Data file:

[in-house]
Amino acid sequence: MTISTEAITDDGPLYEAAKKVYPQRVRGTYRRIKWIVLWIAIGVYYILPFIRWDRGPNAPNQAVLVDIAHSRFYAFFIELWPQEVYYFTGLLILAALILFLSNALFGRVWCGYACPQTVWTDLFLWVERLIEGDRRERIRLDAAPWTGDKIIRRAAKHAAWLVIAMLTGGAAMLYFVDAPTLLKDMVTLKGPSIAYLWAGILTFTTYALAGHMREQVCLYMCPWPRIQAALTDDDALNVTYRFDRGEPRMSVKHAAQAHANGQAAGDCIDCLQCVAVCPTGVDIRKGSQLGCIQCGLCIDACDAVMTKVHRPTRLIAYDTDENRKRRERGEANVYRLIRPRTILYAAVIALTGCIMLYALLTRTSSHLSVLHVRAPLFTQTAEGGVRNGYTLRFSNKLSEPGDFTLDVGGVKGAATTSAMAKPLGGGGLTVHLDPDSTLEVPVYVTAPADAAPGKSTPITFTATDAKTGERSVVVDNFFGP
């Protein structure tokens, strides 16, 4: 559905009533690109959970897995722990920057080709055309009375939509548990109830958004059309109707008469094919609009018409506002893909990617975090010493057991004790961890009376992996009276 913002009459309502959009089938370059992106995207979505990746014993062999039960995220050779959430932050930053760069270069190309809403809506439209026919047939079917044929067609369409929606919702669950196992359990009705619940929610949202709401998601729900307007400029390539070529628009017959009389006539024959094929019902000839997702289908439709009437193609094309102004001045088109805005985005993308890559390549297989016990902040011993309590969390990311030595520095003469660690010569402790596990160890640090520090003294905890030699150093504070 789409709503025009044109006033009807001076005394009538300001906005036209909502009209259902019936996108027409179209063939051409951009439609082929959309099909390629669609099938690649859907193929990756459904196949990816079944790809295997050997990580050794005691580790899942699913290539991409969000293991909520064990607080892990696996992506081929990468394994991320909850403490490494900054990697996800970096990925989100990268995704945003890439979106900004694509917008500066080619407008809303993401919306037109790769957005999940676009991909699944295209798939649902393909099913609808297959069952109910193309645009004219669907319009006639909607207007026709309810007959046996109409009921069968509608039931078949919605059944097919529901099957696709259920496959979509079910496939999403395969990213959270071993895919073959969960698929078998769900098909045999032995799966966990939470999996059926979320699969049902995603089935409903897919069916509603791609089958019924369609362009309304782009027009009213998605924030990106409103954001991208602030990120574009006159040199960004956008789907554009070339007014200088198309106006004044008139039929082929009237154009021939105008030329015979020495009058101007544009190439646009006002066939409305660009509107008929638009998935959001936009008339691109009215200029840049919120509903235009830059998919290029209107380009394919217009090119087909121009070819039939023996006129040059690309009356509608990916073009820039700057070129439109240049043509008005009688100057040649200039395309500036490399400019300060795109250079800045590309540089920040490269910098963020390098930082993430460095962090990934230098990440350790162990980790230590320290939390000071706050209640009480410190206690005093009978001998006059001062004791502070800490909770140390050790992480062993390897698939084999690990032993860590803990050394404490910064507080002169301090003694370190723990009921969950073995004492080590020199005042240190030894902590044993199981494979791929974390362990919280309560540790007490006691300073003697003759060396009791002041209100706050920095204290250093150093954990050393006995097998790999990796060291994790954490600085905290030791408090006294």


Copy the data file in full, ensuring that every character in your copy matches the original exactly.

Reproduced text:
[in-house]
Amino acid sequence: MTISTEAITDDGPLYEAAKKVYPQRVRGTYRRIKWIVLWIAIGVYYILPFIRWDRGPNAPNQAVLVDIAHSRFYAFFIELWPQEVYYFTGLLILAALILFLSNALFGRVWCGYACPQTVWTDLFLWVERLIEGDRRERIRLDAAPWTGDKIIRRAAKHAAWLVIAMLTGGAAMLYFVDAPTLLKDMVTLKGPSIAYLWAGILTFTTYALAGHMREQVCLYMCPWPRIQAALTDDDALNVTYRFDRGEPRMSVKHAAQAHANGQAAGDCIDCLQCVAVCPTGVDIRKGSQLGCIQCGLCIDACDAVMTKVHRPTRLIAYDTDENRKRRERGEANVYRLIRPRTILYAAVIALTGCIMLYALLTRTSSHLSVLHVRAPLFTQTAEGGVRNGYTLRFSNKLSEPGDFTLDVGGVKGAATTSAMAKPLGGGGLTVHLDPDSTLEVPVYVTAPADAAPGKSTPITFTATDAKTGERSVVVDNFFGP
């Protein structure tokens, strides 16, 4: 559905009533690109959970897995722990920057080709055309009375939509548990109830958004059309109707008469094919609009018409506002893909990617975090010493057991004790961890009376992996009276 913002009459309502959009089938370059992106995207979505990746014993062999039960995220050779959430932050930053760069270069190309809403809506439209026919047939079917044929067609369409929606919702669950196992359990009705619940929610949202709401998601729900307007400029390539070529628009017959009389006539024959094929019902000839997702289908439709009437193609094309102004001045088109805005985005993308890559390549297989016990902040011993309590969390990311030595520095003469660690010569402790596990160890640090520090003294905890030699150093504070 789409709503025009044109006033009807001076005394009538300001906005036209909502009209259902019936996108027409179209063939051409951009439609082929959309099909390629669609099938690649859907193929990756459904196949990816079944790809295997050997990580050794005691580790899942699913290539991409969000293991909520064990607080892990696996992506081929990468394994991320909850403490490494900054990697996800970096990925989100990268995704945003890439979106900004694509917008500066080619407008809303993401919306037109790769957005999940676009991909699944295209798939649902393909099913609808297959069952109910193309645009004219669907319009006639909607207007026709309810007959046996109409009921069968509608039931078949919605059944097919529901099957696709259920496959979509079910496939999403395969990213959270071993895919073959969960698929078998769900098909045999032995799966966990939470999996059926979320699969049902995603089935409903897919069916509603791609089958019924369609362009309304782009027009009213998605924030990106409103954001991208602030990120574009006159040199960004956008789907554009070339007014200088198309106006004044008139039929082929009237154009021939105008030329015979020495009058101007544009190439646009006002066939409305660009509107008929638009998935959001936009008339691109009215200029840049919120509903235009830059998919290029209107380009394919217009090119087909121009070819039939023996006129040059690309009356509608990916073009820039700057070129439109240049043509008005009688100057040649200039395309500036490399400019300060795109250079800045590309540089920040490269910098963020390098930082993430460095962090990934230098990440350790162990980790230590320290939390000071706050209640009480410190206690005093009978001998006059001062004791502070800490909770140390050790992480062993390897698939084999690990032993860590803990050394404490910064507080002169301090003694370190723990009921969950073995004492080590020199005042240190030894902590044993199981494979791929974390362990919280309560540790007490006691300073003697003759060396009791002041209100706050920095204290250093150093954990050393006995097998790999990796060291994790954490600085905290030791408090006294």